The truth is that most corporations require a two-thirds majority vote and are actually legally bound by some state laws to do so for big decisions (like whether to sell the company). Which makes sense. Is it really a good idea to give your company a self-destruct button that can be activated when almost half the shareholders don't want that at all?
Even if the company doesn't require a two-thirds vote for a decision as big as basically killing itself, there are laws to protect minority shareholders from "oppression" (that's the legal term) by the majority, which kick in during a number of different circumstances, like if the majority owner is doing something that makes no business sense for the corporation and only benefits himself. If the majority tramples these rights, minority owners have the right to sue their pants off.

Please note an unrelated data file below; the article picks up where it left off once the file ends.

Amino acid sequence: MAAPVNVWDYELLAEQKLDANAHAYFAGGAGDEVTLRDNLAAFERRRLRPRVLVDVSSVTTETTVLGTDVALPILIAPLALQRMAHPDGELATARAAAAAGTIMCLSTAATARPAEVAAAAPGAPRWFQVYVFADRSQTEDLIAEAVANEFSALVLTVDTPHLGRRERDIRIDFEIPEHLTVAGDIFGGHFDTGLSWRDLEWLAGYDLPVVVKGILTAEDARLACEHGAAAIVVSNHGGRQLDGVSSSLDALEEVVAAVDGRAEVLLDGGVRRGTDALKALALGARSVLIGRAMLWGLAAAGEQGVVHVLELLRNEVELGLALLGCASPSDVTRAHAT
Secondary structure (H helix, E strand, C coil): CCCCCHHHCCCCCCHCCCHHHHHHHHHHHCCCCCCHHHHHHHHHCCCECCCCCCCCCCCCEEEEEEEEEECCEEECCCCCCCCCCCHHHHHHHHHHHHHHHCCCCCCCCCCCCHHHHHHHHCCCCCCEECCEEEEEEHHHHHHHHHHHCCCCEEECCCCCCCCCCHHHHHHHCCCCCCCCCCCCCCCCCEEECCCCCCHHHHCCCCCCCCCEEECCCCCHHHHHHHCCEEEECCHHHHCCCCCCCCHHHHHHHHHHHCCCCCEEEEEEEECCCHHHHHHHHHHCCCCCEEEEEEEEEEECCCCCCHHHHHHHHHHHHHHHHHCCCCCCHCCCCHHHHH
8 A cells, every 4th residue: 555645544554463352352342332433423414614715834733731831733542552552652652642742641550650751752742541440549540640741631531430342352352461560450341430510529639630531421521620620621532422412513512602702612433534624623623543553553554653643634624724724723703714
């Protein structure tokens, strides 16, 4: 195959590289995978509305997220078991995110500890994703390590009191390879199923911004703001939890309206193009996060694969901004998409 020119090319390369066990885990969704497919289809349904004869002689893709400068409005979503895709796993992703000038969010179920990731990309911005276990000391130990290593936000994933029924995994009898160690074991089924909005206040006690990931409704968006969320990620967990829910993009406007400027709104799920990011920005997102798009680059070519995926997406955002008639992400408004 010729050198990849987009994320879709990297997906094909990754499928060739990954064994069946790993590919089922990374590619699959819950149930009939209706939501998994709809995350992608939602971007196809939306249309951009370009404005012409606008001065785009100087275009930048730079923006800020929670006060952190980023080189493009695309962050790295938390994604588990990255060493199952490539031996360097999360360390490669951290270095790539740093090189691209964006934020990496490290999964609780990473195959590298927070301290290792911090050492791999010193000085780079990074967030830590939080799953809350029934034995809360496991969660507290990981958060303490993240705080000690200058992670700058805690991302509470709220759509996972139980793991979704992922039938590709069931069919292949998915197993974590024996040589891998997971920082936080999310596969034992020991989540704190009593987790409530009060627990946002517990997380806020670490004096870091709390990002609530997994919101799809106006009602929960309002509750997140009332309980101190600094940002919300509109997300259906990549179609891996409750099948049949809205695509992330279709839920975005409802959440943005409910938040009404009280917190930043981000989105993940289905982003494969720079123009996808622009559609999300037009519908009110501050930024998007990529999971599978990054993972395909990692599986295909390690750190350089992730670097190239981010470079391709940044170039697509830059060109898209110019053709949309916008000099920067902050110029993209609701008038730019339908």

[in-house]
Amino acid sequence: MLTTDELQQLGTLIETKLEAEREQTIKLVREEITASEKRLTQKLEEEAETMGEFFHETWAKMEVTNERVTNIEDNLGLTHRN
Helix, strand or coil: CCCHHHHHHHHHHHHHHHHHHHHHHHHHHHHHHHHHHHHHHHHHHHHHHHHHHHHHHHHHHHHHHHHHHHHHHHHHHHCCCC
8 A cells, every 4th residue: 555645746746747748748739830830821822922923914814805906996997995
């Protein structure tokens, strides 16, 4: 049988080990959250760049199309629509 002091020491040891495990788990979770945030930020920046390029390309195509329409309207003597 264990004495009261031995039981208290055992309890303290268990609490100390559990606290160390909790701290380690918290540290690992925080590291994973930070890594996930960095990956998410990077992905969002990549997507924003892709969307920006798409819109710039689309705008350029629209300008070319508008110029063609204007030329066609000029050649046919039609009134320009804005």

Also a legal term, referring to suing someone for so much money they can no longer afford pants.
A legitimate case can be made that the owners of the 51 percent in these movies, both villains AND heroes, make some decisions an outsider could consider questionable (Richie Rich spontaneously appoints a team of street urchins as his R&D team), which the minority owners could use to at least start a lawsuit and cause some serious headaches for the "supreme ruler."